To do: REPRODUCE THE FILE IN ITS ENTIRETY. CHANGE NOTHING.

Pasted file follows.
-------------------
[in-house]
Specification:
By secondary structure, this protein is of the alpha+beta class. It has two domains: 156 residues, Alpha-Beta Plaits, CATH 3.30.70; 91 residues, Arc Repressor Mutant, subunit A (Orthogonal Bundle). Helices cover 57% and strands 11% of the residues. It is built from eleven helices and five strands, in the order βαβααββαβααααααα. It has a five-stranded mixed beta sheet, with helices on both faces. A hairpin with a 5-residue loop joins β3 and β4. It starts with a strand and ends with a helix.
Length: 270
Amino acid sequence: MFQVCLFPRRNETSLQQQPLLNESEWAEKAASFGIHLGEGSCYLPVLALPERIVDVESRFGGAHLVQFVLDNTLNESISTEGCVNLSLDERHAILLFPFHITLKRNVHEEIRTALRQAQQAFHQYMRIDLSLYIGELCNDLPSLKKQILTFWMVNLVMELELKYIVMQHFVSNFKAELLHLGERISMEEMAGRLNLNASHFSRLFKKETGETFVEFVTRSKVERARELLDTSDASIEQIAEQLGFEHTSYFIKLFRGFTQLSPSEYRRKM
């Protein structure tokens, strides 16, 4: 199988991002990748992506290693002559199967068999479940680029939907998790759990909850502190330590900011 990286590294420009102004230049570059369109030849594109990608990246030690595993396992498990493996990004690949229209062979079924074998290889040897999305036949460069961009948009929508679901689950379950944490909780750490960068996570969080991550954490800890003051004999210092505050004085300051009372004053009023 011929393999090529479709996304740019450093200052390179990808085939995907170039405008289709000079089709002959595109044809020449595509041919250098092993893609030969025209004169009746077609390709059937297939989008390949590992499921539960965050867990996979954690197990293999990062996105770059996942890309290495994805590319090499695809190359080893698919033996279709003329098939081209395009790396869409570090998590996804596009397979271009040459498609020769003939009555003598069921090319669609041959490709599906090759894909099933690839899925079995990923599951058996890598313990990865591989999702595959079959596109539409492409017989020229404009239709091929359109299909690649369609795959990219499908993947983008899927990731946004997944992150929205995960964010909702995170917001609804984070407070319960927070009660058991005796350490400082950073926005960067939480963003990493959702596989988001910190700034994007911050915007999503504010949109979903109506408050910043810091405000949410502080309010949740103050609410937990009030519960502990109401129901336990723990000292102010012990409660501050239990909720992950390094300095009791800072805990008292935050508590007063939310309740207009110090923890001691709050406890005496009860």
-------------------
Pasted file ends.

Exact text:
[in-house]
Specification:
By secondary structure, this protein is of the alpha+beta class. It has two domains: 156 residues, Alpha-Beta Plaits, CATH 3.30.70; 91 residues, Arc Repressor Mutant, subunit A (Orthogonal Bundle). Helices cover 57% and strands 11% of the residues. It is built from eleven helices and five strands, in the order βαβααββαβααααααα. It has a five-stranded mixed beta sheet, with helices on both faces. A hairpin with a 5-residue loop joins β3 and β4. It starts with a strand and ends with a helix.
Length: 270
Amino acid sequence: MFQVCLFPRRNETSLQQQPLLNESEWAEKAASFGIHLGEGSCYLPVLALPERIVDVESRFGGAHLVQFVLDNTLNESISTEGCVNLSLDERHAILLFPFHITLKRNVHEEIRTALRQAQQAFHQYMRIDLSLYIGELCNDLPSLKKQILTFWMVNLVMELELKYIVMQHFVSNFKAELLHLGERISMEEMAGRLNLNASHFSRLFKKETGETFVEFVTRSKVERARELLDTSDASIEQIAEQLGFEHTSYFIKLFRGFTQLSPSEYRRKM
């Protein structure tokens, strides 16, 4: 199988991002990748992506290693002559199967068999479940680029939907998790759990909850502190330590900011 990286590294420009102004230049570059369109030849594109990608990246030690595993396992498990493996990004690949229209062979079924074998290889040897999305036949460069961009948009929508679901689950379950944490909780750490960068996570969080991550954490800890003051004999210092505050004085300051009372004053009023 011929393999090529479709996304740019450093200052390179990808085939995907170039405008289709000079089709002959595109044809020449595509041919250098092993893609030969025209004169009746077609390709059937297939989008390949590992499921539960965050867990996979954690197990293999990062996105770059996942890309290495994805590319090499695809190359080893698919033996279709003329098939081209395009790396869409570090998590996804596009397979271009040459498609020769003939009555003598069921090319669609041959490709599906090759894909099933690839899925079995990923599951058996890598313990990865591989999702595959079959596109539409492409017989020229404009239709091929359109299909690649369609795959990219499908993947983008899927990731946004997944992150929205995960964010909702995170917001609804984070407070319960927070009660058991005796350490400082950073926005960067939480963003990493959702596989988001910190700034994007911050915007999503504010949109979903109506408050910043810091405000949410502080309010949740103050609410937990009030519960502990109401129901336990723990000292102010012990409660501050239990909720992950390094300095009791800072805990008292935050508590007063939310309740207009110090923890001691709050406890005496009860």